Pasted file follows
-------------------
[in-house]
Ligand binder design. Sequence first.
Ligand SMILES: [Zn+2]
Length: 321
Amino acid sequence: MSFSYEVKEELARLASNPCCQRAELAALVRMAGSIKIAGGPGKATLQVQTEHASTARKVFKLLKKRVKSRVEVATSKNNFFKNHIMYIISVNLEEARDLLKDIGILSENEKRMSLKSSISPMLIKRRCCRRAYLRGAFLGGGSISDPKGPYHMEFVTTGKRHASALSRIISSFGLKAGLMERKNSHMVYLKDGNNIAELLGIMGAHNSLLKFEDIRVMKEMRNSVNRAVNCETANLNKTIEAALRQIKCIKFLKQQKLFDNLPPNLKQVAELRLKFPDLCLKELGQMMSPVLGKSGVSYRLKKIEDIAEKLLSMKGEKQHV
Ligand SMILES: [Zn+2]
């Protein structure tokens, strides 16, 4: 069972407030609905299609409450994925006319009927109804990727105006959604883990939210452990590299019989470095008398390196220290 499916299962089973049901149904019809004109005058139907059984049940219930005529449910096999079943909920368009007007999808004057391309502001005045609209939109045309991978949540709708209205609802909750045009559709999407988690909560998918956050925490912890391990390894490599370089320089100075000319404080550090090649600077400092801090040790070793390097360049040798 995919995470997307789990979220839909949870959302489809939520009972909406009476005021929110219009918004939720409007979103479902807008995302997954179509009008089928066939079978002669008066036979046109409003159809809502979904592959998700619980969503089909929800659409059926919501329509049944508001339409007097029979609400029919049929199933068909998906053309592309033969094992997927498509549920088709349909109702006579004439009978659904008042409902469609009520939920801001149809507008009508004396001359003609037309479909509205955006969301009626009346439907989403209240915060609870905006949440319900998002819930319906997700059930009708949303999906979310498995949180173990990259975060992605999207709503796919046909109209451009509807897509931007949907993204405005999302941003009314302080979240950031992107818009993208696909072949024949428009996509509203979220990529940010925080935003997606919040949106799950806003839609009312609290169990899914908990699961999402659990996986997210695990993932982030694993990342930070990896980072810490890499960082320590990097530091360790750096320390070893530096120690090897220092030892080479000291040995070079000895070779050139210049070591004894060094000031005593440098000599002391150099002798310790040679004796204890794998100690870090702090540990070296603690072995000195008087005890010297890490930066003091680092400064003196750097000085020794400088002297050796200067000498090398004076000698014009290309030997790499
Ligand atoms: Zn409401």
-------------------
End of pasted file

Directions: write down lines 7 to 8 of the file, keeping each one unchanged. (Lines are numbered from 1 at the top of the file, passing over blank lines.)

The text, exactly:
């Protein structure tokens, strides 16, 4: 069972407030609905299609409450994925006319009927109804990727105006959604883990939210452990590299019989470095008398390196220290 499916299962089973049901149904019809004109005058139907059984049940219930005529449910096999079943909920368009007007999808004057391309502001005045609209939109045309991978949540709708209205609802909750045009559709999407988690909560998918956050925490912890391990390894490599370089320089100075000319404080550090090649600077400092801090040790070793390097360049040798 995919995470997307789990979220839909949870959302489809939520009972909406009476005021929110219009918004939720409007979103479902807008995302997954179509009008089928066939079978002669008066036979046109409003159809809502979904592959998700619980969503089909929800659409059926919501329509049944508001339409007097029979609400029919049929199933068909998906053309592309033969094992997927498509549920088709349909109702006579004439009978659904008042409902469609009520939920801001149809507008009508004396001359003609037309479909509205955006969301009626009346439907989403209240915060609870905006949440319900998002819930319906997700059930009708949303999906979310498995949180173990990259975060992605999207709503796919046909109209451009509807897509931007949907993204405005999302941003009314302080979240950031992107818009993208696909072949024949428009996509509203979220990529940010925080935003997606919040949106799950806003839609009312609290169990899914908990699961999402659990996986997210695990993932982030694993990342930070990896980072810490890499960082320590990097530091360790750096320390070893530096120690090897220092030892080479000291040995070079000895070779050139210049070591004894060094000031005593440098000599002391150099002798310790040679004796204890794998100690870090702090540990070296603690072995000195008087005890010297890490930066003091680092400064003196750097000085020794400088002297050796200067000498090398004076000698014009290309030997790499
Ligand atoms: Zn409401």